Typically, a bulldog will have anywhere from one to twelve puppies at a time, although the average number is between four and seven. After the mother gives birth, she will do most of the work involved in rearing the newborn puppies, but this does not mean that she does not need additional assistance. Rearing newborn puppies properly will ensure that the pups grow up into healthy, happy dogs.
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Things you need
- Cardboard box
- Several blankets
- Heating pad or heat lamp
- Puppy formula
- Small baby bottle
- Sterile cotton
- Rice cereal
- Shallow bowl
- Wet puppy food
Provide a warm, safe environment for the mother and her newborn puppies. A large cardboard box will give the mother an area in which to feed and bathe her puppies, and to leave when she wants to. Place several blankets in the box and change them often as the puppies will eliminate waste several times a day.
Place a heating pad or heat lamp near or inside of the box. Newborn puppies must maintain a constant body temperature and should be provided an environment that is kept anywhere between 28.3 to 30 degrees Celsius. Keep a thermometer inside of the box and adjust the lamp or heating pad accordingly to maintain this temperature. Do not allow the puppies to be in an environment that is hotter than 90 degrees as this can lead to heat stroke in this sensitive breed.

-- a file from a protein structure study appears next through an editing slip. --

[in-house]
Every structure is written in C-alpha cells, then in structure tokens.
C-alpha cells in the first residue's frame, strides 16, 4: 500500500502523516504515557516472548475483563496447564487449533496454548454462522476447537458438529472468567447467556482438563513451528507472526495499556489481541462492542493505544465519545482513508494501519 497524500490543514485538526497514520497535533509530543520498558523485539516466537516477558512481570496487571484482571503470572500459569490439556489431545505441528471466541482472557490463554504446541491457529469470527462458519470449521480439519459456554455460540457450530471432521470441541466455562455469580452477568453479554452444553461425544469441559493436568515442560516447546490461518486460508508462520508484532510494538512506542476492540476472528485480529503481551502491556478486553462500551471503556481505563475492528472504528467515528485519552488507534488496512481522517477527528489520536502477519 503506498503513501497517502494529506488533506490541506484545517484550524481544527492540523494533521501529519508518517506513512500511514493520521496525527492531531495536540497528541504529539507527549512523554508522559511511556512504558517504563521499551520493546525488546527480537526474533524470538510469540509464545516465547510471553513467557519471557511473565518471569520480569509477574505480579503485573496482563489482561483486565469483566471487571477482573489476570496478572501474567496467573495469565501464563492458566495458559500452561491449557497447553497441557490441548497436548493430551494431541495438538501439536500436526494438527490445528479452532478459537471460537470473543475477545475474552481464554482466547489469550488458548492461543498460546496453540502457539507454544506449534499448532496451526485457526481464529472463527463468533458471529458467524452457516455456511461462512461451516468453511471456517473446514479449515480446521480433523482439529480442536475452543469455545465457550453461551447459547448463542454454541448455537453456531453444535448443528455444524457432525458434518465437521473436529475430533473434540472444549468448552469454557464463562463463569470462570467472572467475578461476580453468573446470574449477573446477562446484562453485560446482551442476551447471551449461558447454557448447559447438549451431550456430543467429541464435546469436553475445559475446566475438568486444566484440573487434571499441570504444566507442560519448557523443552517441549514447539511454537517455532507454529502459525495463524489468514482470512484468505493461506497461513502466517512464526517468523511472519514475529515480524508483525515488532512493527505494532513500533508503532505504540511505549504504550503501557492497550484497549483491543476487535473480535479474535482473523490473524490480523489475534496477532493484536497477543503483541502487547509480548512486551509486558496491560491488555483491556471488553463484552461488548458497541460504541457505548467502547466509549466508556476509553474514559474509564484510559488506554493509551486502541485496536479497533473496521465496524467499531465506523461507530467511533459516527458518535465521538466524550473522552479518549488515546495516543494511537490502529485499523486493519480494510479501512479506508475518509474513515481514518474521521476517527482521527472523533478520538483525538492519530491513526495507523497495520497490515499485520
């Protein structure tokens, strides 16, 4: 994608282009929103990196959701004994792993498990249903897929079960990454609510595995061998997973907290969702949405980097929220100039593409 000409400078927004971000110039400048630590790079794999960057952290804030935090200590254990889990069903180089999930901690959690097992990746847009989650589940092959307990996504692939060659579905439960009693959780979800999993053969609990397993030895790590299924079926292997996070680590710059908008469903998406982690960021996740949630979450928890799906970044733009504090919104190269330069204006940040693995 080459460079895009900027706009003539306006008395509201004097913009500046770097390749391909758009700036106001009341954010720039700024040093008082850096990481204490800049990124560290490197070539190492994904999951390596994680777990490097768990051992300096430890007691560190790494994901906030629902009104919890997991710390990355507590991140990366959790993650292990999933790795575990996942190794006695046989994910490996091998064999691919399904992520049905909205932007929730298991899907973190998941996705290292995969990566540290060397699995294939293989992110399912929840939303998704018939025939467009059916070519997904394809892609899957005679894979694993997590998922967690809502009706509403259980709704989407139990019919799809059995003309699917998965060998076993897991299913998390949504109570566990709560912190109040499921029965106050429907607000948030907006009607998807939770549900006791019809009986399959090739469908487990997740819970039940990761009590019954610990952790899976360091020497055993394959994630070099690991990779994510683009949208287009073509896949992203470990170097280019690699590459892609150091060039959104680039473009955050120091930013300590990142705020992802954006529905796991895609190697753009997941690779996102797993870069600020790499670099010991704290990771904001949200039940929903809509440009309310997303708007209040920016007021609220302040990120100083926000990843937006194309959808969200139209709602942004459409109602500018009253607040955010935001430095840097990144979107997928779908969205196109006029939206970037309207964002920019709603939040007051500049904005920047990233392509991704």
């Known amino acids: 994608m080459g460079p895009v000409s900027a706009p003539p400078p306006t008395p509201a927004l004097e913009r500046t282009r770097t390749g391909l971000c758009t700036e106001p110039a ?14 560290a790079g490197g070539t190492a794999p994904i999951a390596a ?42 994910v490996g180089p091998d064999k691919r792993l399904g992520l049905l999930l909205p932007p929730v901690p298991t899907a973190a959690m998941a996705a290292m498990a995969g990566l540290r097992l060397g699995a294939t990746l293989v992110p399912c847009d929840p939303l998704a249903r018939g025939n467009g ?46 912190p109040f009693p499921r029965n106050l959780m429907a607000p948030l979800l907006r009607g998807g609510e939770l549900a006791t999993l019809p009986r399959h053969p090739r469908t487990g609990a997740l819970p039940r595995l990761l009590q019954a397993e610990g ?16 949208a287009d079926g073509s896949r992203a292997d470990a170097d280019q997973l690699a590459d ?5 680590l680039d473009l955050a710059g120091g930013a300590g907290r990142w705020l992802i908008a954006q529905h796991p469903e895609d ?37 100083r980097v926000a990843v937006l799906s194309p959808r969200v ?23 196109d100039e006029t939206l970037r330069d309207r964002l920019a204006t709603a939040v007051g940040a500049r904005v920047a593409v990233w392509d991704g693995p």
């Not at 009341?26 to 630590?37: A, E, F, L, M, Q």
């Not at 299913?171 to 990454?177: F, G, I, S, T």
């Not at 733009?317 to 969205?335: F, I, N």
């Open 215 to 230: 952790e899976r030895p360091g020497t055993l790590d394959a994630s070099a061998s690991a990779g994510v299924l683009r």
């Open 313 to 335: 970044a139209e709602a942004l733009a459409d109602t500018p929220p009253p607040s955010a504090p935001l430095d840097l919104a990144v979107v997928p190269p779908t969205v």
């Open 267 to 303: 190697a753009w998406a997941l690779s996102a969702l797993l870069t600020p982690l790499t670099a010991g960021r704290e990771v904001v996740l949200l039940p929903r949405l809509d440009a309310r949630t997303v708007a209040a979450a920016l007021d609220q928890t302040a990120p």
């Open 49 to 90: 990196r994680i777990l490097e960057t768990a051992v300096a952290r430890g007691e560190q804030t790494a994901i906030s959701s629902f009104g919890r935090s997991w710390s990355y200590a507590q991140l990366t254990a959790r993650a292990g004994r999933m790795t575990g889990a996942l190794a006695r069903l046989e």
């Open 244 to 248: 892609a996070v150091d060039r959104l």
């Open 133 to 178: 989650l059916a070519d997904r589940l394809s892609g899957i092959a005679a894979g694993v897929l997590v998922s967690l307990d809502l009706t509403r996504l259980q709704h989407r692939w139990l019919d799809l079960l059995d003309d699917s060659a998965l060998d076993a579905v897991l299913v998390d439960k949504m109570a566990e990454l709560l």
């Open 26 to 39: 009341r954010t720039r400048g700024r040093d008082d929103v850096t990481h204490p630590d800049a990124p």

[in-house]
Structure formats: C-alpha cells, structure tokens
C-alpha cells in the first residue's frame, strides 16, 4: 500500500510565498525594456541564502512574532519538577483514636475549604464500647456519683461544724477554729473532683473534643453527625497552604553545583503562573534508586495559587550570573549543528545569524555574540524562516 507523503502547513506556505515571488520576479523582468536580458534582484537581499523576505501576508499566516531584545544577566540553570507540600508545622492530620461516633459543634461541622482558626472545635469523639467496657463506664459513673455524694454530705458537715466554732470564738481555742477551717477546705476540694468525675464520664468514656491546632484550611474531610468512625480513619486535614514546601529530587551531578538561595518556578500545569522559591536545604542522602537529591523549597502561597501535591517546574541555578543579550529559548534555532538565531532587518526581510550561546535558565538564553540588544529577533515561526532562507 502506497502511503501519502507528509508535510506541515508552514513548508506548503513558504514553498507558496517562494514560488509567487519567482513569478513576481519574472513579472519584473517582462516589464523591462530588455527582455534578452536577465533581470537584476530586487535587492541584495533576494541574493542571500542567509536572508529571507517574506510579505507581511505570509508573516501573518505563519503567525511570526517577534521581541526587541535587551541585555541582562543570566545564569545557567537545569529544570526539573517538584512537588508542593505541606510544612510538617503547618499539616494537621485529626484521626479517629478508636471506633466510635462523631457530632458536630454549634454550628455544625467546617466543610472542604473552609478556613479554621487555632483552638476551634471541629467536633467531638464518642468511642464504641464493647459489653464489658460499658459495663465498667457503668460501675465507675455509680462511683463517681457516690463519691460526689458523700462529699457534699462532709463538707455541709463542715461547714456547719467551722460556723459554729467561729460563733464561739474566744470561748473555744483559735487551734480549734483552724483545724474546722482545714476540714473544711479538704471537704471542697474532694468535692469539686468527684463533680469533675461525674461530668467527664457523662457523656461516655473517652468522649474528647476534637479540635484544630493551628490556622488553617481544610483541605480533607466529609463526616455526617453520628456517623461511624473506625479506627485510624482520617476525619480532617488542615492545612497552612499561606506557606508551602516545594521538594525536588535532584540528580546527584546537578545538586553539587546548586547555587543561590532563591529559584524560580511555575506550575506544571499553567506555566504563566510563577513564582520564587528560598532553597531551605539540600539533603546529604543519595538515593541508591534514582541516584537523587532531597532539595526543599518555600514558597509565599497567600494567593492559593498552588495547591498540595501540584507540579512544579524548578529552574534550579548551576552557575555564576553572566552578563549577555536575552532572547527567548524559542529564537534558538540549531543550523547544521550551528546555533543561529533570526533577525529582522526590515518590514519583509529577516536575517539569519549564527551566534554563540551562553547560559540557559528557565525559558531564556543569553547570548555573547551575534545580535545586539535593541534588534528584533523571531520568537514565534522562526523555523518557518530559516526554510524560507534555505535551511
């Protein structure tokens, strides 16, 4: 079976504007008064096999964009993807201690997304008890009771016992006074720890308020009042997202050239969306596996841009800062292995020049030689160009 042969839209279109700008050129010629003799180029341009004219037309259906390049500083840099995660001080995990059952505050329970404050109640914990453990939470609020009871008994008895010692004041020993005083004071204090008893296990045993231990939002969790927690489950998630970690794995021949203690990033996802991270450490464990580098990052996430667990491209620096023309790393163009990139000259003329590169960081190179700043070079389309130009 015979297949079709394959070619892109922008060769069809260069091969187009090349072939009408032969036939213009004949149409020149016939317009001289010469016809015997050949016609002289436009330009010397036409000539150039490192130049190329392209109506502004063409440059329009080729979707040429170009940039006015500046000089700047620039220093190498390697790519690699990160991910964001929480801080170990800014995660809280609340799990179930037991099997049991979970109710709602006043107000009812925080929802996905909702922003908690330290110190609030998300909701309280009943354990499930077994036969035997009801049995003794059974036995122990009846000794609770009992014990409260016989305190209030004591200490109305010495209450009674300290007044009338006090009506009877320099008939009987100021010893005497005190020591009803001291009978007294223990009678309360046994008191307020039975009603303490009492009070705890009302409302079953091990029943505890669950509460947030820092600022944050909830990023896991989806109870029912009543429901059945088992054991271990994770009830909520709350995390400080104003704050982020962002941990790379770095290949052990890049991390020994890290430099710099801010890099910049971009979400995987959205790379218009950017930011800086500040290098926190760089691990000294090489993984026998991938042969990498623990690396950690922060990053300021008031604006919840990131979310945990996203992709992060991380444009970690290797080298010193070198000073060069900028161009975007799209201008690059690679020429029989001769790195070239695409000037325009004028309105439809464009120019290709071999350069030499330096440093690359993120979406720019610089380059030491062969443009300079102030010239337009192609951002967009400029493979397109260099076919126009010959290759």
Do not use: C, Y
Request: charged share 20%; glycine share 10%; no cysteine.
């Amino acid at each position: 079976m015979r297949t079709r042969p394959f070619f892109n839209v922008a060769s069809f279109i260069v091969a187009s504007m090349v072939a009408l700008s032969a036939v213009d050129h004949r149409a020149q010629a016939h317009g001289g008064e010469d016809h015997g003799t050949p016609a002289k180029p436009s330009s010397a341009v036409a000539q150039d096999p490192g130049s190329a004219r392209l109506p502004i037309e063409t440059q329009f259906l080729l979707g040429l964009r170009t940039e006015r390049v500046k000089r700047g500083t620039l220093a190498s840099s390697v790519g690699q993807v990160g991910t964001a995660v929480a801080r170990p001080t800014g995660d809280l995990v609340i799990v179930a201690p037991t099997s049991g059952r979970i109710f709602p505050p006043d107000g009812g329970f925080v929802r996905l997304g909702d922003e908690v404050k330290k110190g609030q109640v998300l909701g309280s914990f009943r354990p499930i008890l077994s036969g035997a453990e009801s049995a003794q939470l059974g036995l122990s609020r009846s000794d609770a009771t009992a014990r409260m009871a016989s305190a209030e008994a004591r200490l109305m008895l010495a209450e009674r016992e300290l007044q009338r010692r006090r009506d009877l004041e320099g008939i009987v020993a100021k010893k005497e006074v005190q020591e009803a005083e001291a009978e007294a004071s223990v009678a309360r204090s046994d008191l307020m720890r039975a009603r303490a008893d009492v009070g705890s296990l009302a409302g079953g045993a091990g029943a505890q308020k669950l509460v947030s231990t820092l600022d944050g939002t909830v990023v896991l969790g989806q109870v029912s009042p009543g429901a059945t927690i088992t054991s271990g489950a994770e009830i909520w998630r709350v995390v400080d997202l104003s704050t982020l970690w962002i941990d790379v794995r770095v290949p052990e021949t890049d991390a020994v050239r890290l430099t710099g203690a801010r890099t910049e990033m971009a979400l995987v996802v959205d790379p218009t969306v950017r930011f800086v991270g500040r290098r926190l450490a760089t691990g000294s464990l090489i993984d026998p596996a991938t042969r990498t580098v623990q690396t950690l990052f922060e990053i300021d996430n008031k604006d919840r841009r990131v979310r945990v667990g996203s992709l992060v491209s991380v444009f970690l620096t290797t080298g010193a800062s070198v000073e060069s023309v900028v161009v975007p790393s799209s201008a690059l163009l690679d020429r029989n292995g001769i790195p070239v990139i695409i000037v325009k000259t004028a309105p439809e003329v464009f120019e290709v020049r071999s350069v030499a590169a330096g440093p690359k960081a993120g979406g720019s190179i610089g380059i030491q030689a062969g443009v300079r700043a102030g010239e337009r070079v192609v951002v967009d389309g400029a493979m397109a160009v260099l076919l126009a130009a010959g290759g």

Watch the mother to ensure she is producing enough milk for the entire litter. The day after the puppies are born, the mother will start to produce her milk in thick liquid called colostrum. After this, her normal milk will come in. If the mother is not producing milk, supplement the puppies' diet with formula, which can be purchased at pet food stores and given to the puppies per instructions on the formula container. The time between feedings can be extended from every two to every three to four hours after the pups reach two weeks of age.
Clean the puppies after each feeding if the mother is unable to do so. The puppies must urinate after each feeding, and the mother will clean them to stimulate defecation and urination. The puppies' lower bodies should be washed with a piece of sterile cotton, wet with water, until the mother begins to clean the puppies on her own. The puppies' noses and faces should also be closely monitored and washed if any debris finds its way near their noses. Bulldogs are brachiocephalic, which means the breed has a short nose that can easily become clogged and lead to breathing problems.
Feed the puppies a mush of warmed rice cereal and puppy formula in a shallow bowl at approximately four weeks. A small amount of warmed, ground up wet puppy food can be added to the formula if the puppies are tolerating the rice cereal well when they reach five weeks of age. Make sure that the food is warmed as bulldog puppies are sensitive to cold.
Bring the puppies to the veterinarian at approximately four weeks of age for a check-up and to have them dewormed. Two weeks later, at six weeks of age, the puppies should be brought in again to receive another deworming and their first round of shots. The puppies are ready at eight weeks of age to be sold or given away.
Tips and warnings
- Contact a veterinarian immediately if any puppy seems lethargic, is having trouble breathing, has watery mucous or appears dehydrated. These are signs the puppy may have contracted an illness, such as pneumonia or enteritis, both of which are life threatening.
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